ACLU Challenges State's New Policy Denying Residents Licenses

February 13, 2008

LANSING –The American Civil Liberties Union of Michigan filed a lawsuit today in Ingham County Circuit Court challenging the Secretary of State’s unlawful denial of driver’s licenses to thousands of Michigan residents. The Secretary of State, relying on what she calls a flawed Attorney General opinion, has refused to issue a driver’s license to countless immigrants working and living in Michigan legally.

“State law requires that all Michigan residents be eligible for a driver’s license,” said Michael J. Steinberg, ACLU of Michigan Legal Director.  “By wrongfully denying licenses to individuals working and living in our state legally, the Secretary of State and the Attorney General are wreaking havoc on the Michigan economy and hundreds of thousands hard-working, tax-paying Michigan residents.”The ACLU filed the lawsuit on behalf of six Michigan residents who have permission from the federal government to live and work in the U.S., including: a Canadian nurse who resides in Muskegon; an Indian doctor who treats an underserved population in Flint; a University of Michigan language assessment specialist from Singapore, and a political refugee in Detroit who was granted asylum after being tortured for his political activity in Africa.  The ACLU also represents Freedom House, a Detroit organization that aids survivors of persecution from around the world who have been granted asylum in this country. 


“With this policy, the state is sending mixed messages to me and other registered nurses who are moving here from other countries to fill a nursing shortage plaguing Michigan,” said Catherine Gates, the lead plaintiff and Canadian citizen living in Muskegon. ”Public health nursing frequently requires traveling within a community, however, I am concerned that I will not be able to find a job since this line of work requires a valid Michigan driver’s license.”

On Dec. 27, Attorney General Mike Cox issued a formal opinion suggesting that only U.S. citizens and individuals with “green cards” are eligible for a driver’s license and not other individuals who live and work in Michigan legally. The opinion contradicts former Attorney General Frank Kelley’s formal opinion, which stated that the Michigan Motor Vehicle Code clearly allows all residents to apply for licenses whether they are citizens or not.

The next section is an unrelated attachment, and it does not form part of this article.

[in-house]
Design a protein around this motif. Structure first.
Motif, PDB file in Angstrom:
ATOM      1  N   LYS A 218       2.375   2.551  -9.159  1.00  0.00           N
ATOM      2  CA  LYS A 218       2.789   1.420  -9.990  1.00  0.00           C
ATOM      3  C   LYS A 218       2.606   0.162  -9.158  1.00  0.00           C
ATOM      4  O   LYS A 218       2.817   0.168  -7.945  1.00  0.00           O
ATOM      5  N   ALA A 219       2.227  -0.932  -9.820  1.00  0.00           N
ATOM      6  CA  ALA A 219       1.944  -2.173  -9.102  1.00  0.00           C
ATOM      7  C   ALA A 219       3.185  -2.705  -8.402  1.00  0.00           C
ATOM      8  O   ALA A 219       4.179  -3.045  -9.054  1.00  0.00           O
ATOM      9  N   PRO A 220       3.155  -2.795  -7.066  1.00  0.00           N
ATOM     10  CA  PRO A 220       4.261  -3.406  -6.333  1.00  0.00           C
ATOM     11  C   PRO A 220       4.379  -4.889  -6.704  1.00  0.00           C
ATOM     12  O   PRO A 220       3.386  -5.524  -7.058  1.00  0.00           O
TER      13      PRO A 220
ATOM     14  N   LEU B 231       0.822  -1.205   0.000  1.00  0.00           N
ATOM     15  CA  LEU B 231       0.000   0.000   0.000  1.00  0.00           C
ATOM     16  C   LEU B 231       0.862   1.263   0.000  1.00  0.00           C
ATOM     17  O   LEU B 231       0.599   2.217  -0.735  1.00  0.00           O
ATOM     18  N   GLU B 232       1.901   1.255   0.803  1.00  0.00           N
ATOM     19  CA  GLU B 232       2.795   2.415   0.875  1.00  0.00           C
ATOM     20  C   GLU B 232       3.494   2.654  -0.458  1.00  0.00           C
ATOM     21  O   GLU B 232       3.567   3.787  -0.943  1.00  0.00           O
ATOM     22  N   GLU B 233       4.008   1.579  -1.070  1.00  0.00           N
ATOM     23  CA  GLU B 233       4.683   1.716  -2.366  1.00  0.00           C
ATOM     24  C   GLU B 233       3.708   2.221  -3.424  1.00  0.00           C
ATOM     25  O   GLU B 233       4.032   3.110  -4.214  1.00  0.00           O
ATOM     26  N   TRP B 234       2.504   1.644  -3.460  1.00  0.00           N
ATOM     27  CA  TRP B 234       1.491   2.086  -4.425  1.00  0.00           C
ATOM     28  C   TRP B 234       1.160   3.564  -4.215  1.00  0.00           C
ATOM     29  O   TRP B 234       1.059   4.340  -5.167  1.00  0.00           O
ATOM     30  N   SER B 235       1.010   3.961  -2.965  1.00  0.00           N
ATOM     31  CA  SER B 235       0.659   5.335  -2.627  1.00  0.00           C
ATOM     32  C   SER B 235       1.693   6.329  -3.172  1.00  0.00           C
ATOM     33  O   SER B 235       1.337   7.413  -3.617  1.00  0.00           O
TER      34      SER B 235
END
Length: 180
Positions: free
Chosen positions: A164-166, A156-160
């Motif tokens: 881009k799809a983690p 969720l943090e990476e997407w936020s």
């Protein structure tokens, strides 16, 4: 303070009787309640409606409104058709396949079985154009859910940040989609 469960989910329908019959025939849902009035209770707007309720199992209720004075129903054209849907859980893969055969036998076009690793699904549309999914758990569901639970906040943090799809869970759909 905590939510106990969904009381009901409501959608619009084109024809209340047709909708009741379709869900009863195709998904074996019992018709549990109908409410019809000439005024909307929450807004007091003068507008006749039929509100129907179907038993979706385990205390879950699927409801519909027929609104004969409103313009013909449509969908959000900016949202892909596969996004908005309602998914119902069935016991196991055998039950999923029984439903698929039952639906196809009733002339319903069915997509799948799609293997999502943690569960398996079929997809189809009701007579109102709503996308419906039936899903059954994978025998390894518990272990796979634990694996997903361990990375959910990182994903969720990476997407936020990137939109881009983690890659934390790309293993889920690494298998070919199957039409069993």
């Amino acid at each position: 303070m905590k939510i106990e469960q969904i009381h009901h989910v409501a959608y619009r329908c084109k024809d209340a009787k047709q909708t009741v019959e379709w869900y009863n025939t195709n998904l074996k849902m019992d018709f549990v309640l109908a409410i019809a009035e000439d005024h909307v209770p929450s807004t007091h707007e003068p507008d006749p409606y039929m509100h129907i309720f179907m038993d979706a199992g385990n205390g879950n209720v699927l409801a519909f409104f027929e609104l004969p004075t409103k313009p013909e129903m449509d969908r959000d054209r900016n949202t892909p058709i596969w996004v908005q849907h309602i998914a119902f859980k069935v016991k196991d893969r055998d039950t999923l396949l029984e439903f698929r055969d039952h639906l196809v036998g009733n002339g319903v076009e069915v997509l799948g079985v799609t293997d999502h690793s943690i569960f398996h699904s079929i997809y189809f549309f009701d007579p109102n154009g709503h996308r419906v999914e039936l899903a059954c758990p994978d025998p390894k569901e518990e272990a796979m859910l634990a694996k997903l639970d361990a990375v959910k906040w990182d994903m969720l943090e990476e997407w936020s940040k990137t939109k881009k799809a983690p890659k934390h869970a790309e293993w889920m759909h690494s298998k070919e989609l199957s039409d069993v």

Secretary of State Terri Lynn Land, while stating that she believes that the Cox opinion is wrong, contends that she is bound by the opinion.  Even though Cox now states that Land has misinterpreted his opinion and that, in fact, all immigrants in this country legally can apply for a license, Land has refused to issue licenses to anyone but U.S. citizens and green card holders. 

“It is important that the Attorney General and Secretary of State realize there are real people at the center of this political showdown,” said Pegg Roberts, Freedom House Executive Director. “If the asylum seekers that we represent are to have any hopes of making a new life in our state, they need to be able to travel from place to place just like everyone else.” 

The ACLU lawsuit asks the court to order the Secretary of State to resume issuing driver’s licenses to all residents, including immigrants who live and work in the state who intend to remain.

“The Secretary of State and Attorney General’s unprecedented interpretation of the Michigan Vehicle Code is erroneous, arbitrary, and without any basis in law,” said Andrew Nickelhoff, the ACLU Lead Cooperating Attorney.  “Our residents are safer and our law enforcement is more effective when, regardless of status, all drivers have had their vision tested, know the rules of the road and obtain car insurance.”

The plaintiffs are represented by Steinberg; Nickelhoff; ACLU of Michigan Executive Director Kary L. Moss and ACLU Cooperating Attorneys Bryan Waldman and Jocelyn Benson.